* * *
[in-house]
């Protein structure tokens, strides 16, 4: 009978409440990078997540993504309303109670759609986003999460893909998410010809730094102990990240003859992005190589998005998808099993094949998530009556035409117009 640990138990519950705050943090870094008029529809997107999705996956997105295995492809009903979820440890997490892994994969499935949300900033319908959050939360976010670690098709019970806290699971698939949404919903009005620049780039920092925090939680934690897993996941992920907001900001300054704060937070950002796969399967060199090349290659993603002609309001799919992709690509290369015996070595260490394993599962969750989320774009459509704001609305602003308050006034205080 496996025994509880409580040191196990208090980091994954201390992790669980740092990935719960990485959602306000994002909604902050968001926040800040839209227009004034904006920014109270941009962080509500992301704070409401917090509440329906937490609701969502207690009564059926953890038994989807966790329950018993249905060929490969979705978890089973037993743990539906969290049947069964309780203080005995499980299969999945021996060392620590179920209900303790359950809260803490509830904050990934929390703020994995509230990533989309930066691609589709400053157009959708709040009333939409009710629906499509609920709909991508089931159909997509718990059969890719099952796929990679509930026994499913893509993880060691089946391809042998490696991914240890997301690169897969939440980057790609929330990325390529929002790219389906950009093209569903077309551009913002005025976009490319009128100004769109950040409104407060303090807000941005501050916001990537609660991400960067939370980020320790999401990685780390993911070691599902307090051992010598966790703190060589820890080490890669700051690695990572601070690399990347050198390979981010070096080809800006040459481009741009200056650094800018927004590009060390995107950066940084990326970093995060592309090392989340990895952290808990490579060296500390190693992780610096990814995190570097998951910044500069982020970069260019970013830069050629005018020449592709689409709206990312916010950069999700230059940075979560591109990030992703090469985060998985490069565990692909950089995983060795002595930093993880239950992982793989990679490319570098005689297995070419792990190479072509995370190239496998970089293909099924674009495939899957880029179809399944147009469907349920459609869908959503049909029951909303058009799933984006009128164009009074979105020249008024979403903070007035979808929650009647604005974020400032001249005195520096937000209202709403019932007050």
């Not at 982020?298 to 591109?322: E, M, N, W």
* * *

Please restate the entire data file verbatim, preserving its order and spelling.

[in-house]
């Protein structure tokens, strides 16, 4: 009978409440990078997540993504309303109670759609986003999460893909998410010809730094102990990240003859992005190589998005998808099993094949998530009556035409117009 640990138990519950705050943090870094008029529809997107999705996956997105295995492809009903979820440890997490892994994969499935949300900033319908959050939360976010670690098709019970806290699971698939949404919903009005620049780039920092925090939680934690897993996941992920907001900001300054704060937070950002796969399967060199090349290659993603002609309001799919992709690509290369015996070595260490394993599962969750989320774009459509704001609305602003308050006034205080 496996025994509880409580040191196990208090980091994954201390992790669980740092990935719960990485959602306000994002909604902050968001926040800040839209227009004034904006920014109270941009962080509500992301704070409401917090509440329906937490609701969502207690009564059926953890038994989807966790329950018993249905060929490969979705978890089973037993743990539906969290049947069964309780203080005995499980299969999945021996060392620590179920209900303790359950809260803490509830904050990934929390703020994995509230990533989309930066691609589709400053157009959708709040009333939409009710629906499509609920709909991508089931159909997509718990059969890719099952796929990679509930026994499913893509993880060691089946391809042998490696991914240890997301690169897969939440980057790609929330990325390529929002790219389906950009093209569903077309551009913002005025976009490319009128100004769109950040409104407060303090807000941005501050916001990537609660991400960067939370980020320790999401990685780390993911070691599902307090051992010598966790703190060589820890080490890669700051690695990572601070690399990347050198390979981010070096080809800006040459481009741009200056650094800018927004590009060390995107950066940084990326970093995060592309090392989340990895952290808990490579060296500390190693992780610096990814995190570097998951910044500069982020970069260019970013830069050629005018020449592709689409709206990312916010950069999700230059940075979560591109990030992703090469985060998985490069565990692909950089995983060795002595930093993880239950992982793989990679490319570098005689297995070419792990190479072509995370190239496998970089293909099924674009495939899957880029179809399944147009469907349920459609869908959503049909029951909303058009799933984006009128164009009074979105020249008024979403903070007035979808929650009647604005974020400032001249005195520096937000209202709403019932007050």
């Not at 982020?298 to 591109?322: E, M, N, W």